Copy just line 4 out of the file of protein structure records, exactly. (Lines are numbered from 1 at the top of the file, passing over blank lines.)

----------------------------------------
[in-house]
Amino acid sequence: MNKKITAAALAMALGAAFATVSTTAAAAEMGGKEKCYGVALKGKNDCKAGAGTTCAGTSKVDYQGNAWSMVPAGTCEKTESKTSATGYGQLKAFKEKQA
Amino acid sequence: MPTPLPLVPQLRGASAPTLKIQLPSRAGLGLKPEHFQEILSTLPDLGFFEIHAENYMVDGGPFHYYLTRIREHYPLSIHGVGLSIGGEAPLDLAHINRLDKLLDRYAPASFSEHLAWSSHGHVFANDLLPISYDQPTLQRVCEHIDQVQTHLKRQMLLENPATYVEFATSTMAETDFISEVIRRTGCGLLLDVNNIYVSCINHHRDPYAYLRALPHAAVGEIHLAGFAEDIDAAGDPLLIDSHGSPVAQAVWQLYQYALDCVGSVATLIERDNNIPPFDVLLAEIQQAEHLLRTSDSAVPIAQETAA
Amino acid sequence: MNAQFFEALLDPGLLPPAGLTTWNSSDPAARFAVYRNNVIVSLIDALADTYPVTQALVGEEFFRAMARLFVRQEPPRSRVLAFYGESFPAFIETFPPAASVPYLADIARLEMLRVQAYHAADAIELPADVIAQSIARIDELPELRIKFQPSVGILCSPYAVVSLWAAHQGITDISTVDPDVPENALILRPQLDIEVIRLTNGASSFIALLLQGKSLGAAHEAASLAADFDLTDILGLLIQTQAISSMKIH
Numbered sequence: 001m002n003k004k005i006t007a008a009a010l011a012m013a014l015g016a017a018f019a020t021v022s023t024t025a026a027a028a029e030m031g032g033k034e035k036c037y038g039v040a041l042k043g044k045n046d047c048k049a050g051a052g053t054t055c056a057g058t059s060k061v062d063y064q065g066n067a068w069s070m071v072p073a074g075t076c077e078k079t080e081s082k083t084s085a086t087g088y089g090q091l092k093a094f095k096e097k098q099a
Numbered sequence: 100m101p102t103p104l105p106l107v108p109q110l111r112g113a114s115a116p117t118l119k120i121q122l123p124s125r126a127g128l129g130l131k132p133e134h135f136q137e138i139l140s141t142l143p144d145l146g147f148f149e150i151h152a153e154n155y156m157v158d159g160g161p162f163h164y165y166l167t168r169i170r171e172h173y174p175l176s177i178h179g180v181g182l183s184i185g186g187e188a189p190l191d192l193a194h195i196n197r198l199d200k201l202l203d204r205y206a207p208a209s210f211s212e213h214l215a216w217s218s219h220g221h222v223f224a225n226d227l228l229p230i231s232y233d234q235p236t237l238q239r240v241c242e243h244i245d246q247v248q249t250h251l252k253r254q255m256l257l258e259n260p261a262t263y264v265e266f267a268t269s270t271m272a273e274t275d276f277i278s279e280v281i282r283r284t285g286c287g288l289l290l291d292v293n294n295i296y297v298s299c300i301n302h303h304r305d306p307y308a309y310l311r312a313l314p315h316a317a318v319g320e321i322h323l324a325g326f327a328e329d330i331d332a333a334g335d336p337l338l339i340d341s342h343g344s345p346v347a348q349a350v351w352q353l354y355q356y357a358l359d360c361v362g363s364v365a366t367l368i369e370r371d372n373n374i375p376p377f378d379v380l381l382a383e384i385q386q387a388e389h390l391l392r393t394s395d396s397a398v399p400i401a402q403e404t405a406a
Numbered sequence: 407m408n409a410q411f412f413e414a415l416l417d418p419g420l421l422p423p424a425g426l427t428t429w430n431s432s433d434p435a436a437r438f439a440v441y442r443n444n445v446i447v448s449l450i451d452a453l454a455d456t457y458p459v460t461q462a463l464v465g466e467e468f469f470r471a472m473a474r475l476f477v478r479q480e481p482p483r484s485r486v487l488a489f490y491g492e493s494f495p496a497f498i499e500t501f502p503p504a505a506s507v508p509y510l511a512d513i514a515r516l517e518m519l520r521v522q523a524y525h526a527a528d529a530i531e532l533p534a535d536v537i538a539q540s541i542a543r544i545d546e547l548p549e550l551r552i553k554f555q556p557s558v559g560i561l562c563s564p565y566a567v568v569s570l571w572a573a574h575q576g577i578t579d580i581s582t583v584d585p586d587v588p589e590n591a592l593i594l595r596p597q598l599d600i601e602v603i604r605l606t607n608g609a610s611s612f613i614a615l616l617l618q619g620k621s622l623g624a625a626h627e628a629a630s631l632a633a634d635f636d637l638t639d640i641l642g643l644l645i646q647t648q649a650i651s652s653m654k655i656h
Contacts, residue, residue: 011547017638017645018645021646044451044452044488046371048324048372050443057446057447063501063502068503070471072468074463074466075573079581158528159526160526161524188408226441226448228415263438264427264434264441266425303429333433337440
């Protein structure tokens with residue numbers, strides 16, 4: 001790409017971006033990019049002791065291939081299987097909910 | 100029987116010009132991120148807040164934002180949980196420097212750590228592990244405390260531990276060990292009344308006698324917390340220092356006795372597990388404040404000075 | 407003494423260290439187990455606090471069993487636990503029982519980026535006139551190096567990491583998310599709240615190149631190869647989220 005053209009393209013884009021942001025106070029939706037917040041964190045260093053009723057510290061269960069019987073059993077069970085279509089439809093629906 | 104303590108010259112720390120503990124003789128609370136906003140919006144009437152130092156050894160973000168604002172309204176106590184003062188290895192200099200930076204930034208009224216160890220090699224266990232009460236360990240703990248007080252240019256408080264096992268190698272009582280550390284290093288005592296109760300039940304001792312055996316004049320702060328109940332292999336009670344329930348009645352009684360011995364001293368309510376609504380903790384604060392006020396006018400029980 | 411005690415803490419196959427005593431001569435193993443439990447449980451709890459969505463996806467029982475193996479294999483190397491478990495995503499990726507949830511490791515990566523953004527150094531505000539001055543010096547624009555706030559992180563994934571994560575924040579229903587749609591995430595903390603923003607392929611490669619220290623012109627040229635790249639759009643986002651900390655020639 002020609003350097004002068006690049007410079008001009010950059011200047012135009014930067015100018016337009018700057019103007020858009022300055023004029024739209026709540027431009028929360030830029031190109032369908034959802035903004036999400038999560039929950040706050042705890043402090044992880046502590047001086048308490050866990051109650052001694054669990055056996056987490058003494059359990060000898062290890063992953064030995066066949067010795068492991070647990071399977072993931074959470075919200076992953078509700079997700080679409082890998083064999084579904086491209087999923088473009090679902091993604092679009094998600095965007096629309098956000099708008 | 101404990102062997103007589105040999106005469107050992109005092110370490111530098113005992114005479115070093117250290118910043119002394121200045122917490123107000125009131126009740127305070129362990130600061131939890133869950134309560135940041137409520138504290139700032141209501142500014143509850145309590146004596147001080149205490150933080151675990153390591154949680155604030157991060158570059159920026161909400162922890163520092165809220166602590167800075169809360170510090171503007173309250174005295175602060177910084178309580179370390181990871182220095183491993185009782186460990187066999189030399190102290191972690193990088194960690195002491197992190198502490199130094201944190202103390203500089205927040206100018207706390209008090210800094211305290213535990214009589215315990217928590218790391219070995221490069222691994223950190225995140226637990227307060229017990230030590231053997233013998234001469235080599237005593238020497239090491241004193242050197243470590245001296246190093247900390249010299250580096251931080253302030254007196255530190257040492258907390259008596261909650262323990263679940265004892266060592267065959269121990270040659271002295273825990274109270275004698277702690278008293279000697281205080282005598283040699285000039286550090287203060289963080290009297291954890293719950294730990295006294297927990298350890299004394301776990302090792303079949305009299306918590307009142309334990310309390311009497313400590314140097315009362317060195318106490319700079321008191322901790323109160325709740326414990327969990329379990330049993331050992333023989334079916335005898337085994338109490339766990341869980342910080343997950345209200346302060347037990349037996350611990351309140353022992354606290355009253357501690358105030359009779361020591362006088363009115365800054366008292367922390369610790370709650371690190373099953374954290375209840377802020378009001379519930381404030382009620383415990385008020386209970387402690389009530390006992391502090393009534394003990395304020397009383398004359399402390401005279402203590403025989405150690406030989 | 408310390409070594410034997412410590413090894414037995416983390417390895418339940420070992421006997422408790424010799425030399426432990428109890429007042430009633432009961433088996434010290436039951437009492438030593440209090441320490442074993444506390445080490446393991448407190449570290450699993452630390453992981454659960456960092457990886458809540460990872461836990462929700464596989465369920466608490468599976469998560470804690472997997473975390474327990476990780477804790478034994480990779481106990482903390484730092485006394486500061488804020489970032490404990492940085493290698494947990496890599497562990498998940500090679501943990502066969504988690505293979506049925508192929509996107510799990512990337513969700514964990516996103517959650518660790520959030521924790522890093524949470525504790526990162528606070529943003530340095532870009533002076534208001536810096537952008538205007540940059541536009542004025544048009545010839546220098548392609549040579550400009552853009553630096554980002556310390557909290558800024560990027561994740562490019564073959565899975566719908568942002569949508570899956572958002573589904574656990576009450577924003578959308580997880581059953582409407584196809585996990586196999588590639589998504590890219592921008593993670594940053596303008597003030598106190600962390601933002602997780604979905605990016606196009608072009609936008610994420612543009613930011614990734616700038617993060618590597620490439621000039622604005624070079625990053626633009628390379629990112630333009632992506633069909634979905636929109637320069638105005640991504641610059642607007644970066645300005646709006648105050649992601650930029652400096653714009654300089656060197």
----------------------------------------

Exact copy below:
Amino acid sequence: MNAQFFEALLDPGLLPPAGLTTWNSSDPAARFAVYRNNVIVSLIDALADTYPVTQALVGEEFFRAMARLFVRQEPPRSRVLAFYGESFPAFIETFPPAASVPYLADIARLEMLRVQAYHAADAIELPADVIAQSIARIDELPELRIKFQPSVGILCSPYAVVSLWAAHQGITDISTVDPDVPENALILRPQLDIEVIRLTNGASSFIALLLQGKSLGAAHEAASLAADFDLTDILGLLIQTQAISSMKIH